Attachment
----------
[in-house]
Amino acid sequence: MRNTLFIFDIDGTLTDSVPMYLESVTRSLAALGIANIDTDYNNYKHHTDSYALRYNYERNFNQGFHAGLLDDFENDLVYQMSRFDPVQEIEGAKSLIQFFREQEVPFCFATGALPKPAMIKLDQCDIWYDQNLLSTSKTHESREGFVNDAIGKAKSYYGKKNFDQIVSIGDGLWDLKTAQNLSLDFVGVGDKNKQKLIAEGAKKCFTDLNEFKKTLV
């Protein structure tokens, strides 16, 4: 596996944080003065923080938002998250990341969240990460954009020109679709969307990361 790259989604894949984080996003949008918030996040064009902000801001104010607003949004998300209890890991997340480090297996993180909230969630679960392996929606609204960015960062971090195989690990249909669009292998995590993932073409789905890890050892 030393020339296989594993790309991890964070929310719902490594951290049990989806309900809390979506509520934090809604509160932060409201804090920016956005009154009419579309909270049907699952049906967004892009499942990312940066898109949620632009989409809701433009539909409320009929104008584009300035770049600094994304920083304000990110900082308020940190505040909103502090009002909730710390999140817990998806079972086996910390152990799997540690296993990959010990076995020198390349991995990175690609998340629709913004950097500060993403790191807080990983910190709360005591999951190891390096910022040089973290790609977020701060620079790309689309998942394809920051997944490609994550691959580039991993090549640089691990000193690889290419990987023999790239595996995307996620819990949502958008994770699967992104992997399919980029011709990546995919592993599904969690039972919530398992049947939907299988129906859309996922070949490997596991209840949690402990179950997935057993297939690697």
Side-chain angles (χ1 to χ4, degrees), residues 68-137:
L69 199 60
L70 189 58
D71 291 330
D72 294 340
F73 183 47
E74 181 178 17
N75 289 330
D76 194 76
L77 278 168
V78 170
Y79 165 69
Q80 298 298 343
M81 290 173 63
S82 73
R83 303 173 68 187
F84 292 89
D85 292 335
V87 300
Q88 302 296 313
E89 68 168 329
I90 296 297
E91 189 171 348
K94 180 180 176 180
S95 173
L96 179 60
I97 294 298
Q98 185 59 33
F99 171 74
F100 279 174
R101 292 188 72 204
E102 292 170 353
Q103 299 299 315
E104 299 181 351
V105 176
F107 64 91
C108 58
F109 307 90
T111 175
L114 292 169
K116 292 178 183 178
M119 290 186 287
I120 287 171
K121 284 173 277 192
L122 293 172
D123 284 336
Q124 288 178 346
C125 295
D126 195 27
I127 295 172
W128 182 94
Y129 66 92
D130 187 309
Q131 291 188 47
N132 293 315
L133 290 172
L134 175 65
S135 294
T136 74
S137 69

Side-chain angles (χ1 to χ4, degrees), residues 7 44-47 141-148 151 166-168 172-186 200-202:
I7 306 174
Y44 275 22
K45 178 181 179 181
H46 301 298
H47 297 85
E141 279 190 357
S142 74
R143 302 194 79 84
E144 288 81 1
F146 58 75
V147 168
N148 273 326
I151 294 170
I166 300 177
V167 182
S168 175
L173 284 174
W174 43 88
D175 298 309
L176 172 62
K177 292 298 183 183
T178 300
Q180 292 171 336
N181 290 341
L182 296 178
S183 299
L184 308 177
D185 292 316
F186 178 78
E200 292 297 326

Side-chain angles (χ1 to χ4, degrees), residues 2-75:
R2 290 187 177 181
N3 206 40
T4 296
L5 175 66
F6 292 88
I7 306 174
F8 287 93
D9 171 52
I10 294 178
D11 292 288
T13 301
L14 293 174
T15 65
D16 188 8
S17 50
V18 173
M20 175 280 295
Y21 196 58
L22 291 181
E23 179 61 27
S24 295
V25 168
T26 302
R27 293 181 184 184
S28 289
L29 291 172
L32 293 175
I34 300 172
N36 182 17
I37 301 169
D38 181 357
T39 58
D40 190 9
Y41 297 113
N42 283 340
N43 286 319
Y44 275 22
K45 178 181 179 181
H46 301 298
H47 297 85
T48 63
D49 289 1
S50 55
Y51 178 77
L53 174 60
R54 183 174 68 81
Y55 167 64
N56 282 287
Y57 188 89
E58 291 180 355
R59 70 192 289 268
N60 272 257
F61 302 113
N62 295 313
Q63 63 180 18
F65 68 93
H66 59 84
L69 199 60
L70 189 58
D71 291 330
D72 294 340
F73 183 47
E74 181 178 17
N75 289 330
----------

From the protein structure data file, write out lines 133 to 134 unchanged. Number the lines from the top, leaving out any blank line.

K45 178 181 179 181
H46 301 298